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White Heather Cottage, Beltingham

In the civil parish of Bardon Mill.
In the historic county of Northumberland.
Modern Authority of Northumberland.
1974 county of Northumberland.
Medieval County of Northumberland.

OS Map Grid Reference: NY78976391
Latitude 54.96939° Longitude -2.33032°

White Heather Cottage, Beltingham has been described as a certain Bastle.

There are masonry ruins/remnants remains.

This is a Grade 2 listed building protected by law*.


Bastle House late C16 or early C17 remodelled C18. Rubble,stone dressings, stone slate roof, coped gables, left end stone stack, right C18 brick. 2 storeys, 3 windows. Central blocked door. Late C19 sashes, with dressed stone lintels,on ground floor, timber lintels above, the centre window blocked. Right outshut with boarded door in C20 glazed porch. Left and rear walls of massive rubble with boulder plinth. Small blocked attic window in chamfered surround on left return. (Listed Building Report)

Solitary bastle, 9m x 6.2m externally, end wall 1.1m thick. Present state - house (Ryder 1990).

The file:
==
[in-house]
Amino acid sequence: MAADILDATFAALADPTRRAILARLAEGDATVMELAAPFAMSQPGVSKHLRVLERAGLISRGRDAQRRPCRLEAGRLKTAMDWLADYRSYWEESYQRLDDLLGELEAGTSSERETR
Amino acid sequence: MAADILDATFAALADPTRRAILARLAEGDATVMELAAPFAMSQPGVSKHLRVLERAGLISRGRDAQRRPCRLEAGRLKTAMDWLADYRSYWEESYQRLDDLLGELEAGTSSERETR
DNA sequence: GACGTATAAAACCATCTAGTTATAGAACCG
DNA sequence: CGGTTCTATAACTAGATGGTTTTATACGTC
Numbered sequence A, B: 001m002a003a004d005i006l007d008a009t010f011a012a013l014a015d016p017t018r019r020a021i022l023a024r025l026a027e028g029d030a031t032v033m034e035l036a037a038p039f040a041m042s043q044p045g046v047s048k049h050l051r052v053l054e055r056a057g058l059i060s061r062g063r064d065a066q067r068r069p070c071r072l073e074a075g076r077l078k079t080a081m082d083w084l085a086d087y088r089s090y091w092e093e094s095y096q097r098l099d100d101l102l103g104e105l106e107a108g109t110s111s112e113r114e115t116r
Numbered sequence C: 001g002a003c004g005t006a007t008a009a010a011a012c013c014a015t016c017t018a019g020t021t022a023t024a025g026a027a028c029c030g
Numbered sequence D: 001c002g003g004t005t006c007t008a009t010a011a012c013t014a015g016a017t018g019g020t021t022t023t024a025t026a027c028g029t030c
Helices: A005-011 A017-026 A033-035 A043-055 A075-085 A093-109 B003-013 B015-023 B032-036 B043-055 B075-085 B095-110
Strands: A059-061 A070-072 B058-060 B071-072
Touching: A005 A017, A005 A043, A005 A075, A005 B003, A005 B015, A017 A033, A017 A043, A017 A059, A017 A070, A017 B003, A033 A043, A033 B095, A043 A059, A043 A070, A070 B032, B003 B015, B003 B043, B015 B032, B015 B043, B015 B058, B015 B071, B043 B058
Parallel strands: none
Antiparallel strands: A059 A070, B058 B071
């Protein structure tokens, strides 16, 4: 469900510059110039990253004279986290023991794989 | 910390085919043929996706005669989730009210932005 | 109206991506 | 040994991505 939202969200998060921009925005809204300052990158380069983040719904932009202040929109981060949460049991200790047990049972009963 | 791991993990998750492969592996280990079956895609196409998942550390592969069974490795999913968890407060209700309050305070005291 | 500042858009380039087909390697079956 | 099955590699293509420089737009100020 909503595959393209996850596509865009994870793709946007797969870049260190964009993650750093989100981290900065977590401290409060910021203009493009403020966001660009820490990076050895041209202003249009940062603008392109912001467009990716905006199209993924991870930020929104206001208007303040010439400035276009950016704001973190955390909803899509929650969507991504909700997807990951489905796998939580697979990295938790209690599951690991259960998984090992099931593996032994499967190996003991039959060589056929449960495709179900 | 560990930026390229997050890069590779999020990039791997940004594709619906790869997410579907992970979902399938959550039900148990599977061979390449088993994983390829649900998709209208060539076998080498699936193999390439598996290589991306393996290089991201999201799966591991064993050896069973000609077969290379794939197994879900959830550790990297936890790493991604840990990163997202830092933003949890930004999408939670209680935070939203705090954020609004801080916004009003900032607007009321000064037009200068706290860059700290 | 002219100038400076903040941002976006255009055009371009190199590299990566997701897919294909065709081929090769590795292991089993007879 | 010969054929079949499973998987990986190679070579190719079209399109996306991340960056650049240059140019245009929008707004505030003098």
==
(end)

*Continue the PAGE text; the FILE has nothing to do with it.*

Beltingham bastle, NY 789638. Complete but rebuilt (Dixon 1972).
The fabric and wall thicknesses of White Heather Cottage show that it originated as a bastle, although no original architectural features are visible. The main body of the house measures c.8.9m by 6.2m externally. The original walls are of large roughly coursed and roughly squared stone on a boulder plinth, and are of some thickness (east end 1.1m). The south wall, of smaller stonework, seems to be an 18th century rebuild and is only 0.63m thick. The rebuilt south wall is of three irregular bays; the windows are four-pane sashes in older openings, those on the upper floor with timber lintels; the central bay has both its doorway and the window above now blocked. The only feature in the west end is a small window to the attic, which seems to have a chamfered surround although heavy pointing obscures detail; the gable is coped by large triangular blocks. The north wall appears to be featureless, although the proximity of an adjacent cottage means it is difficult to inspect it properly. The stone slate roof as a 'wrestler' ridge (with the topmost course of slates on each side shaped so as to interlock); there are other examples of this now rare technique at Shankhead to the south and at Blanchland.
No old features are exposed inside; the original east end wall is now internal (an end outshut having been added, containing the present front door) and plastered on both faces (Ryder 1994-5). (Northumberland HER)
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This record last updated 26/07/2017 09:21:28

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